7. Welcome, very nice looking truck, exterior paint looks great, maybe just a little dent on top of the tailgate? Interior pictures would be helpful if you want opinions on replacing the seat upholstery and headliner. I used to have an 84 K20 HD camper special so I'm very familiar with this era of square bodies. You mentioned that the transmission was a three on a tree but that refers to a manual transmission, I would speculate that you have the TH400 automatic with that 454, if a manual was available with the 454 it would have been a HD 4 speed with compound or granny low. My 84 was just a 350 with the HD 4 speed manual and 3.73 gears. Also those aren't premium chrome wheels, they are just the premium hubcaps with a painted steel wheel underneath. I had the same ones on my 84 with the exception that the front hubcaps had the cutout for the 4wd hubs, steel wheels were painted white. I notice that your spare tire has been relocated to the bed, did a previous owner add an auxiliary gas tank in it's place? If so, that's a bonus! I assume you already have the dual saddle tanks, but no pictures of the passenger side so I can't confirm that. Again nice looking truck! Oh, one other thing, your truck appears to be a C20, not a K20 4wd which you have listed along with your Avatar.
  8. Had to do this on a 84 K20 HD, steering column per se doesn't have to be torn into, but the steering wheel itself has to come off, a lot more complicated now with an airbag system, so OP if you're not comfortable with that, find a competent mechanic.
  9. Pffft, that ain't nothing to what GM used to offer. My son still has my old 84 K20 HD that was equipped with the SM465 manual transmission with the compound low or granny gear that had a 6:55:1 ratio, the transfer case was a NP208 with a 2:61 low range ratio and it had the 3:73:1 differential ratio. With the transmission in compound low and the transfer case in low range and engine at idle, you clocked forward progress with a calender, not a clock.
  10. I can't speak to modern diesels with electronic fuel pumps, but as an old farm boy familiar with the mechanical DI fuel pumps used on the old tractors, those for sure you didn't want to run out of fuel. Gravity feed on the fuel through 2 huge filters before the diesel got to the mechanical pump. No fuel gauge and the fuel pressure gauge was located on the pump, not on the dash. So basically you needed to know tank capacity and gph usage, some elementary math, and a safety factor to know when to fuel up. Also those were before glow plugs, so iH was start on gas and switch to diesel, Cat used a gas pony motor, and I believe AC started on ether, no joy in any case. Sweet spot for diesels were the modern ones before DEF and DPF's.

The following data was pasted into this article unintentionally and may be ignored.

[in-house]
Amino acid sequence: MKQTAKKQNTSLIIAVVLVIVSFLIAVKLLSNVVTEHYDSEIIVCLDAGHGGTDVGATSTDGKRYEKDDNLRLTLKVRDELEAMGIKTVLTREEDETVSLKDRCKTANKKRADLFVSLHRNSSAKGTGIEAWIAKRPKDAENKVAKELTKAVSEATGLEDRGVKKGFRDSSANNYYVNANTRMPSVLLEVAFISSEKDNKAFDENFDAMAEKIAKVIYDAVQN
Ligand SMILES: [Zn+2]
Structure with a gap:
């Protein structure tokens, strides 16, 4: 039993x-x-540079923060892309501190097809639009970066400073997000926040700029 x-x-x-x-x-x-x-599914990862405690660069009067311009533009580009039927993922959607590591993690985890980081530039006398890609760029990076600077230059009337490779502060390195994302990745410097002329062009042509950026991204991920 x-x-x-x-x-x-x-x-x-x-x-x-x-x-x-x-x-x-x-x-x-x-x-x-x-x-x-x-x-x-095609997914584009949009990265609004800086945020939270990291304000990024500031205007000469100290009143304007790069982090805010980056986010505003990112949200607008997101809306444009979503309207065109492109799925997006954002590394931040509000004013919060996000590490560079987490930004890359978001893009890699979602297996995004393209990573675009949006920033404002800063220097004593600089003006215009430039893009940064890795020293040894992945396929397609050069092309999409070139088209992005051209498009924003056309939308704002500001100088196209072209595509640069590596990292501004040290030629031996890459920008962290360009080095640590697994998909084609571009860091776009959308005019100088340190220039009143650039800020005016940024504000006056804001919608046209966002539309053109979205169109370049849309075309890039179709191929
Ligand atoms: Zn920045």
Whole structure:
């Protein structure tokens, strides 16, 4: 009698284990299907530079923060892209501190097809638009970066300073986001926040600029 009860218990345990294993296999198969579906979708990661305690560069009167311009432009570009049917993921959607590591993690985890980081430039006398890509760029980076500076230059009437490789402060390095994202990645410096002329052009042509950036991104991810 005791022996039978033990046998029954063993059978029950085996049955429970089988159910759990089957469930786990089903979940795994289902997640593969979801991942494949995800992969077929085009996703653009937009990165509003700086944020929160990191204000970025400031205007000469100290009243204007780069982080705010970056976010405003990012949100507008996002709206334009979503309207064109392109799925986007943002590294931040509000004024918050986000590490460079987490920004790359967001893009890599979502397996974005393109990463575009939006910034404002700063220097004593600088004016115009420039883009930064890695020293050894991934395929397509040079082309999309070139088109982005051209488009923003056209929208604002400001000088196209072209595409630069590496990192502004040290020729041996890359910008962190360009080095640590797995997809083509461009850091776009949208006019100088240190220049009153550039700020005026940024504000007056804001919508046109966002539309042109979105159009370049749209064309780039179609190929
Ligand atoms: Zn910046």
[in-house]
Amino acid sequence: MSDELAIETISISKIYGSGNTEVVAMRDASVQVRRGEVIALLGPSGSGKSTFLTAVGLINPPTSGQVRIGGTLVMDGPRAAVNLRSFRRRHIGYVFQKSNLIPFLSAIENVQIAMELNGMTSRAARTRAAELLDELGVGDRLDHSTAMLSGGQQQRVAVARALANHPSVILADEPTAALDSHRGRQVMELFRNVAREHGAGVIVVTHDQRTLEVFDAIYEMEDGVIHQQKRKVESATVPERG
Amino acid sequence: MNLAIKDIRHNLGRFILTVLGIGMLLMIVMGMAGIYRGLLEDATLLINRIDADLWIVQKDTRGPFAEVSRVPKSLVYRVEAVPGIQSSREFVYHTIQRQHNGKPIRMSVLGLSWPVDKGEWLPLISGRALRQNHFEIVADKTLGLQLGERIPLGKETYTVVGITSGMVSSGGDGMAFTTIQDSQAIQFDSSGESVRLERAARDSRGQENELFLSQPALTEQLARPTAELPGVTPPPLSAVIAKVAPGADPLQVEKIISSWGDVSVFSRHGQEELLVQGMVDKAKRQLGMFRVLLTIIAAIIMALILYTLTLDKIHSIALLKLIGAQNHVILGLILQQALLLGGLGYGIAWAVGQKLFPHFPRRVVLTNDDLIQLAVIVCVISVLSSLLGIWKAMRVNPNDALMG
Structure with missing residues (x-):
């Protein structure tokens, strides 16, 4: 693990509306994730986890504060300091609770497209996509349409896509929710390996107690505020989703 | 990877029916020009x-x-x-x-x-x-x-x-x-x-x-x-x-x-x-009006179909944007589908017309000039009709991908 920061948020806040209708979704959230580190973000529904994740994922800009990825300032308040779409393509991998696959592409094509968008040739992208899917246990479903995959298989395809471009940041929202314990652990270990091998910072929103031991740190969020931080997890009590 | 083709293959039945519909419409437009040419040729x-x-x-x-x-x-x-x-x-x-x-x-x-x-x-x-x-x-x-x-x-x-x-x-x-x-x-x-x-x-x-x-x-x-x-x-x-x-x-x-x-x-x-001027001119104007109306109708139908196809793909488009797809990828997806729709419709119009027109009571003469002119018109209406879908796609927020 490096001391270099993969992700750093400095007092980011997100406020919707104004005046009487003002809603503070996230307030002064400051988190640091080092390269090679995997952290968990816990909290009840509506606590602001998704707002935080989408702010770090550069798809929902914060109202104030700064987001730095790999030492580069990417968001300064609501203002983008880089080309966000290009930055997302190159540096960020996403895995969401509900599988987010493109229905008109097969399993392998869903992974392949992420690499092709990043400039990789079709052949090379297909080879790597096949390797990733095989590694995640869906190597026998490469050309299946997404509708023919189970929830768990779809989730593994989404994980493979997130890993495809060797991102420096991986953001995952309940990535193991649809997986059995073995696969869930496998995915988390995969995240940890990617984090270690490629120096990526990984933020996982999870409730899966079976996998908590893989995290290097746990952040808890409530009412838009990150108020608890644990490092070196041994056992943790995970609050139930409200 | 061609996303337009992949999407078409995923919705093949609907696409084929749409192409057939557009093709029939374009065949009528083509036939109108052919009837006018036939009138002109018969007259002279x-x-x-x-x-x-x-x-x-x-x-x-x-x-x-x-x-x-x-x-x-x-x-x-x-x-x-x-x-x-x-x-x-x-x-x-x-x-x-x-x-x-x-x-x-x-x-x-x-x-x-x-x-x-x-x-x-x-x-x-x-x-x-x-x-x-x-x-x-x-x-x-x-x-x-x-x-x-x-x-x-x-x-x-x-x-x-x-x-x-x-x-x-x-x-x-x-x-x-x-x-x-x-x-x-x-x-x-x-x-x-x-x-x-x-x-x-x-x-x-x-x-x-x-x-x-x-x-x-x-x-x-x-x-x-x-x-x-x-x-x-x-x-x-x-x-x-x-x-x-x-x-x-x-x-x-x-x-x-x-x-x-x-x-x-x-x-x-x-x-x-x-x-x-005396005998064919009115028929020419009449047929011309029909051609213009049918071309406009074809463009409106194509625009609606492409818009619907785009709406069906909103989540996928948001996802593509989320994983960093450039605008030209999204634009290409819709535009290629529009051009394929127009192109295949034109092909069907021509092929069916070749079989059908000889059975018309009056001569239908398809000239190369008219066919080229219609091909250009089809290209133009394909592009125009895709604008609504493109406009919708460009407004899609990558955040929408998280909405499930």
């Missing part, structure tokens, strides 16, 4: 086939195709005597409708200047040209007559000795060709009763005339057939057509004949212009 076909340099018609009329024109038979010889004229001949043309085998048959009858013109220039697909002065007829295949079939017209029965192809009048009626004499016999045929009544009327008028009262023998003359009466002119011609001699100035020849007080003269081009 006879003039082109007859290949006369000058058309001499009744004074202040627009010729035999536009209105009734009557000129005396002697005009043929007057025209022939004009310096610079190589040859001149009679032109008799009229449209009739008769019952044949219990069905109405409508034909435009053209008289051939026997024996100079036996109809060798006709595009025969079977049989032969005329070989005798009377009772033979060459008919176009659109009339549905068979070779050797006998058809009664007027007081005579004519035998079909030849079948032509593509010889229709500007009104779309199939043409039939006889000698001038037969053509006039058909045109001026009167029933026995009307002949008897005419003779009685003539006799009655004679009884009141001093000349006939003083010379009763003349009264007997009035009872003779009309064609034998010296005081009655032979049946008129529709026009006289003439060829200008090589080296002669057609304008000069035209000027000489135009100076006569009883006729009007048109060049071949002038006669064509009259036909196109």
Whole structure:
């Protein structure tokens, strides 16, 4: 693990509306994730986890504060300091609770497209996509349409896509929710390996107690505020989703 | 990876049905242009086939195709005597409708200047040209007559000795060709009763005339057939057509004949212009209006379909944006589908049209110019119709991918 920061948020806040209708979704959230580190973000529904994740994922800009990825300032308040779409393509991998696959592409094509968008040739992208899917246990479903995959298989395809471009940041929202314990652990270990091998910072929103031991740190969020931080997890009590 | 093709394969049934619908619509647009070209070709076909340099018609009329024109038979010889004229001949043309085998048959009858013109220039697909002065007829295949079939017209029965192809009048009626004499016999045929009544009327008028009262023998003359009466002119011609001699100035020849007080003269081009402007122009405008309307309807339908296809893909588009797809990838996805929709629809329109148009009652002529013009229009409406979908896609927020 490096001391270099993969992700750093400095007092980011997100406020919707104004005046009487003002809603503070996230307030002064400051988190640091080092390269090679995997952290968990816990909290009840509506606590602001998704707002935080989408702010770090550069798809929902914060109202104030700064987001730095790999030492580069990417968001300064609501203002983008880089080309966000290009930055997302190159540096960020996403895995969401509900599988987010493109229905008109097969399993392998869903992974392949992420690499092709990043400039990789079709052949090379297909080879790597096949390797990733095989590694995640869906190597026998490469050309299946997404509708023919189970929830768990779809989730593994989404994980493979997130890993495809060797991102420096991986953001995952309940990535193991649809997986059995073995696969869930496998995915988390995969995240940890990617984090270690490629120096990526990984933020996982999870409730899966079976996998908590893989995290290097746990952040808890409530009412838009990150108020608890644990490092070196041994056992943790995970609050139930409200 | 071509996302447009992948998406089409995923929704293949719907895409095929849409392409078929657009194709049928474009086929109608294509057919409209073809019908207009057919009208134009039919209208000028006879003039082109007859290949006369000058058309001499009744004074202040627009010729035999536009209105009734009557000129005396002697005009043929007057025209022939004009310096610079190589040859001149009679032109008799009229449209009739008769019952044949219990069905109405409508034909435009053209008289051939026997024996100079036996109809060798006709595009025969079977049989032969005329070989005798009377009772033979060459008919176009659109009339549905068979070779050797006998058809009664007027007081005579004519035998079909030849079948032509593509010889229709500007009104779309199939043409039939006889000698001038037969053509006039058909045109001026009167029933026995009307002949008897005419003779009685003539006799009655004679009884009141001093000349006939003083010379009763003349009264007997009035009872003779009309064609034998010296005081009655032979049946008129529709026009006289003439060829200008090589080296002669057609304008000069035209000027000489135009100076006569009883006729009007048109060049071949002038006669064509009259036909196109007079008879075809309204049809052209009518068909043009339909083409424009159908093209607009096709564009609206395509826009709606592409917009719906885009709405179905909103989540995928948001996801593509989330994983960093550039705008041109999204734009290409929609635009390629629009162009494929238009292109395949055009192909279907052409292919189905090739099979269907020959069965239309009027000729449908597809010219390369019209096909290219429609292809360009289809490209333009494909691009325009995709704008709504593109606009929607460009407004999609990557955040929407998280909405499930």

11. garagerog


    This thread is a microcosm of what's going on in our country right now with this virus, we're being pitted against one another, mask vs. non-mask, wide open vs. shutting everything down, some of the social unrest is probably due to frustration with the whole situation. Is this divide and conquer part of a larger game plan? IDK, but I for one would like to see the anger and frustration directed towards the responsible party, the Chinese communist party.
  12. Modern engines don't require a formal "break-in" procedure any longer, just vary the rpm's and avoid towing or hauling heavy loads for the first 500 miles. For peace of mind an early oil change is warranted. Most new vehicle owners are obsessed with the engine and don't consider the brakes, brakes still need to be broken in properly, consult your owner's manual.